Yes, MS Dhoni won the inaugural World T20 in 2007 in his maiden assignment as captain, while Anil Kumble was leading the Test setup. Seven years later, Dhoni himself decided to quit the longest format and handed over the reigns to Virat Kohli, while still being in charge of the ODI and T20I teams.
But Deep Dasgupta believes split captaincy works between white-ball and red-ball cricket rather than individual formats.
“That’s how split captaincy goes, it is white ball and red ball. Unless the plan is not to change at all – not even T20I captaincy – then it’s a different ball game altogether. But if you are looking to change in T20Is, then I think it’s fair – looking at the time span left before the World Cups,” Dasgupta, who played 8 Tests and 5 ODIs, remarked.
While Kohli's successor hasn't been announced yet, Rohit Sharma is tipped to take over from him. Dasgupta reasoned that the MI skipper should be placed at the helm of the ODI team, along with the T20I captaincy, to give him adequate time to get into the groove.
“I think if it has to happen, it has to happen. I don’t see any reason why not. Because he’s got two years, and because of the T20 World Cup, while we are playing a lot of T20Is, we might not be playing a lot of ODIs before the next T20 World Cup. So if that change has to be there or needs to be there, it has to happen at the same time.
“Because it’s only fair that he gets decent amount of time to build his own team. There’s a difference between a full-time captain and an interim one. So if somebody comes in as a full-time captain, it’s only fair that person is given some time to mould the team according to his way of captaincy, because every captain is different,” he explained.
But while both Dhoni and Kohli had time on their side when they were first appointed national captains, Rohit Sharma is already 34. Even if he is made the T20I captain, it won’t be a long run and someone from the next generation ought to be groomed during his tenure.
“You have KL, who is a go-to guy in white-ball cricket, and now he’s good enough to be an all-format player. We have someone like Rishabh, he is a wicketkeeper and someone who has what it takes to be a leader. Maybe Shreyas as well – obviously after he got injured and all that, we don’t know where he stands. It’s way too early for Shubman, he needs to establish himself, but he is somebody who comes across as a leader,” Dasgupta opined.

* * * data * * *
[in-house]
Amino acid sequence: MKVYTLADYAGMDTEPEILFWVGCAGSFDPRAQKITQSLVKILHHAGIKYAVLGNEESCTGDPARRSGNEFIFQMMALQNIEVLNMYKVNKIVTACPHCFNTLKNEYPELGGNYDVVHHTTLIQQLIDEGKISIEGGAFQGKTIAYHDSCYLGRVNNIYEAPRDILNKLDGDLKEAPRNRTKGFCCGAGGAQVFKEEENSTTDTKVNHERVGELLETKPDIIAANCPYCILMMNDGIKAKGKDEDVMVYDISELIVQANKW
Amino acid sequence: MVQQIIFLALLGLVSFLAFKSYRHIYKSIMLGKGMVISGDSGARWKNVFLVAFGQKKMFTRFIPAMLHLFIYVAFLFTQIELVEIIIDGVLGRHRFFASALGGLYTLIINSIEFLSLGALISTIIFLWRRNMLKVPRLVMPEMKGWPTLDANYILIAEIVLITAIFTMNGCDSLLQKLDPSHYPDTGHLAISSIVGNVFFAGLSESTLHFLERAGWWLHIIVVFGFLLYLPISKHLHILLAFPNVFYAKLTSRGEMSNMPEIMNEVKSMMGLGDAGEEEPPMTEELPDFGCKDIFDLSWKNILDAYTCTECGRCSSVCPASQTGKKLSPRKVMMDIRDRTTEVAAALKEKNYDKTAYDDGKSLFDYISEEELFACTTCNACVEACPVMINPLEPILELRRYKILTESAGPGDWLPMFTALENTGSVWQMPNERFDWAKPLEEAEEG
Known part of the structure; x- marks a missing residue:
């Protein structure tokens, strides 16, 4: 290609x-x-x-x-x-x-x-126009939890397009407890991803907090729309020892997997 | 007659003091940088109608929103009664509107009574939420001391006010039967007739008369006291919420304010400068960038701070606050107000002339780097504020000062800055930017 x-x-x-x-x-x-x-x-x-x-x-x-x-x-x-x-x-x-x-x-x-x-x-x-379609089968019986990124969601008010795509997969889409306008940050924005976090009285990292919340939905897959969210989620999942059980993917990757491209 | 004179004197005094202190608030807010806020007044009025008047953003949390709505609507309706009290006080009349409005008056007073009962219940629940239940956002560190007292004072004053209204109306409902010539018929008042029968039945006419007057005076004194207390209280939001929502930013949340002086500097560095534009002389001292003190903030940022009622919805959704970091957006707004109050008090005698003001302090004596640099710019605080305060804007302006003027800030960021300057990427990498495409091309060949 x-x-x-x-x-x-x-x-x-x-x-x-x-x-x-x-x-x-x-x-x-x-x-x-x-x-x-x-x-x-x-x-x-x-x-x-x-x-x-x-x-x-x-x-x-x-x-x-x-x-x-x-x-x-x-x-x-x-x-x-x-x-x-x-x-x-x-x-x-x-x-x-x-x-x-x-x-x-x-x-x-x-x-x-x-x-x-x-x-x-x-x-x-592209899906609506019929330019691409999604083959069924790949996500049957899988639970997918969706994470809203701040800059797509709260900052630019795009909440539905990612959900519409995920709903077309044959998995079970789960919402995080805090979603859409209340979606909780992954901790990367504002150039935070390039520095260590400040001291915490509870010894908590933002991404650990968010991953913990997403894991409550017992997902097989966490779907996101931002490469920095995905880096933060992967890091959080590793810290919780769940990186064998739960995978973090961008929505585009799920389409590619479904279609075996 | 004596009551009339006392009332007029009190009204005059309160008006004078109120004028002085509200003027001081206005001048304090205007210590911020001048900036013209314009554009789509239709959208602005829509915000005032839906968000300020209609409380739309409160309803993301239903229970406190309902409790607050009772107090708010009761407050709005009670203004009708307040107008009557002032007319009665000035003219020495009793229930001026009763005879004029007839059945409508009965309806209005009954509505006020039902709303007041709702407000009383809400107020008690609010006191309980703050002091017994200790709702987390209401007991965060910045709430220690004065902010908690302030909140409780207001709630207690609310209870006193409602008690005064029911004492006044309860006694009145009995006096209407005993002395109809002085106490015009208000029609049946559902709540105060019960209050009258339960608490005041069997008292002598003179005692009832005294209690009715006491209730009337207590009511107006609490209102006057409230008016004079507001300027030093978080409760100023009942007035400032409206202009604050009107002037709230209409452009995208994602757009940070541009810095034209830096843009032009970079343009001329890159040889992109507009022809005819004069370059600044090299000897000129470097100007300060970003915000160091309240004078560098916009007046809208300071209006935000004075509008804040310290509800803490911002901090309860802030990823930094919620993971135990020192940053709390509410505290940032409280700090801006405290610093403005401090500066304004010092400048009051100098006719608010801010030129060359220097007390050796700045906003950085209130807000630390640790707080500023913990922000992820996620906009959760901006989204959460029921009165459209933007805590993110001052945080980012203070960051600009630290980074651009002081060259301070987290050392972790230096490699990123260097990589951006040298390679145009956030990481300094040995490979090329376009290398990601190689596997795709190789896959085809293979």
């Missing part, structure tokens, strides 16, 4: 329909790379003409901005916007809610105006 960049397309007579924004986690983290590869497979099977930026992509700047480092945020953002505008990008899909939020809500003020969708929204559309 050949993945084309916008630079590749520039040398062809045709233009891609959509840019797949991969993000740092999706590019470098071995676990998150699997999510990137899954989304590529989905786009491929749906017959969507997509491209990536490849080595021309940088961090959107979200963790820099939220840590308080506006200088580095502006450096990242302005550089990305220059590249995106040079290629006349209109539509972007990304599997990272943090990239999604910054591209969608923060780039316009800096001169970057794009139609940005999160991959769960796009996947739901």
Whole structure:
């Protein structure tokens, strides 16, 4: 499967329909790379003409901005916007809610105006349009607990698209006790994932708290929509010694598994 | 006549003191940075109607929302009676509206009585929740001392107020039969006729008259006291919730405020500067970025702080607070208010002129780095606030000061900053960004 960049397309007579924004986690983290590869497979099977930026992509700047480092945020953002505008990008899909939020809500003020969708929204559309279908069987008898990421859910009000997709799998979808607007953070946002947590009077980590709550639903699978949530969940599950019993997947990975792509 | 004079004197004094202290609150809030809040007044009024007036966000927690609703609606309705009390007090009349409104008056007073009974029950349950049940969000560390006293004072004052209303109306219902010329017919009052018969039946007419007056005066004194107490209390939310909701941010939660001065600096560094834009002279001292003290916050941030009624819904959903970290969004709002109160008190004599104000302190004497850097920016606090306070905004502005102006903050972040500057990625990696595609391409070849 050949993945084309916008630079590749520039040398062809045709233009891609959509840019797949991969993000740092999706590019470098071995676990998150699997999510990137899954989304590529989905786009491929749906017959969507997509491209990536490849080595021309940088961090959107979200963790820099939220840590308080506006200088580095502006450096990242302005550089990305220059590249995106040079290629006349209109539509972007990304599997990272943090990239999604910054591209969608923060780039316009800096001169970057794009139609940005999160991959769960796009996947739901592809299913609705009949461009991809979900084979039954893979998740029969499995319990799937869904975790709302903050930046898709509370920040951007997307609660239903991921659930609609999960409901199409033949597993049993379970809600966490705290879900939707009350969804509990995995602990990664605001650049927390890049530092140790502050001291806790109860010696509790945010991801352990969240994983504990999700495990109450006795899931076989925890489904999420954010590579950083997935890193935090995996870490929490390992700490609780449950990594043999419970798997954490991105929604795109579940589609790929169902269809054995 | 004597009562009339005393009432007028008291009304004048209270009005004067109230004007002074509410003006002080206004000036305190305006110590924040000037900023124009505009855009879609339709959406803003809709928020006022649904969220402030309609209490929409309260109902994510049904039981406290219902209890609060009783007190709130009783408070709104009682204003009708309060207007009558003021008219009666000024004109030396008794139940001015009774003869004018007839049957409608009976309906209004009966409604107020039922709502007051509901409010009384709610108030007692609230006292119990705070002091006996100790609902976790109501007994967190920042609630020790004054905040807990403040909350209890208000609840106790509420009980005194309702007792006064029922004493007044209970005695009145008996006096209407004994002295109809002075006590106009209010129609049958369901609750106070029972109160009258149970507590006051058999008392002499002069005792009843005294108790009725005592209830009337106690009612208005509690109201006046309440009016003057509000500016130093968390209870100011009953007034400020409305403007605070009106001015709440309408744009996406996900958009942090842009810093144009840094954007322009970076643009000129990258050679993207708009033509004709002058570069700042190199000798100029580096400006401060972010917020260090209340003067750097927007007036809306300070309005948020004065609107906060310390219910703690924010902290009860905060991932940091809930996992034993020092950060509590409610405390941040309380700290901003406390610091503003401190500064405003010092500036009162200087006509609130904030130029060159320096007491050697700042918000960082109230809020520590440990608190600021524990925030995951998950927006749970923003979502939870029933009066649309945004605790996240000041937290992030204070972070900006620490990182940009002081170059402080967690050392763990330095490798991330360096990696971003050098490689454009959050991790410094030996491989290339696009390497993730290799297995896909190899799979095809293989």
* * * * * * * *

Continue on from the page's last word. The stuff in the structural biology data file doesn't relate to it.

Well, given the trend of young guns shining as leaders in India’s premier T20 competition, it should come as no surprise if Virat Kohli is replaced by someone from the latest crop.
Virat Kohli's final hurrah
Click here for the T20 World Cup fixtures for all the individual teams.
MS Dhoni might never walk out to bat in the Indian jersey again, but there was unbridled joy among cricket lovers the world over when the 40-year-old was appointed India’s mentor for next month's showpiece event.
Deep Dasgupta hailed the move, saying the legendary captain’s tactical acumen will be of great help in the marquee event. He added that the dynamics of the thinktank would also remain the same since Dhoni played the role of an unofficial mentor in his final years as a player.
“I don’t think anyone understands this format better than MS himself. And that understanding will improve with time and maturity and experience. Maybe his actual prowess as a batter might have come down, but the brain has only got sharper. So when you have that resort available, then why not? And it’s not that it’s going to be something very different, because he was in that change-room as recent as 2019.
“And they were all part of the leadership group – MS Dhoni, Virat, Rohit, Ravi Shastri and all the others. So they know how to get things done, together. Those dynamics are still the same. Virat was the captain in 2019, MSD was a player but he was also looked upon as a mentor. In the last 2-3 years, Virat Kohli would be fielding in the deep and MS Dhoni would be running the show,” Deep Dasgupta told Sportskeeda.
India can now avail the services of MS Dhoni, the first T20 World Cup winning captain. And they also have at their disposal Virat Kohli - a batsman desperate to bounce back from a cornered position and a captain yearning for a fairytale ending to his T20 leadership.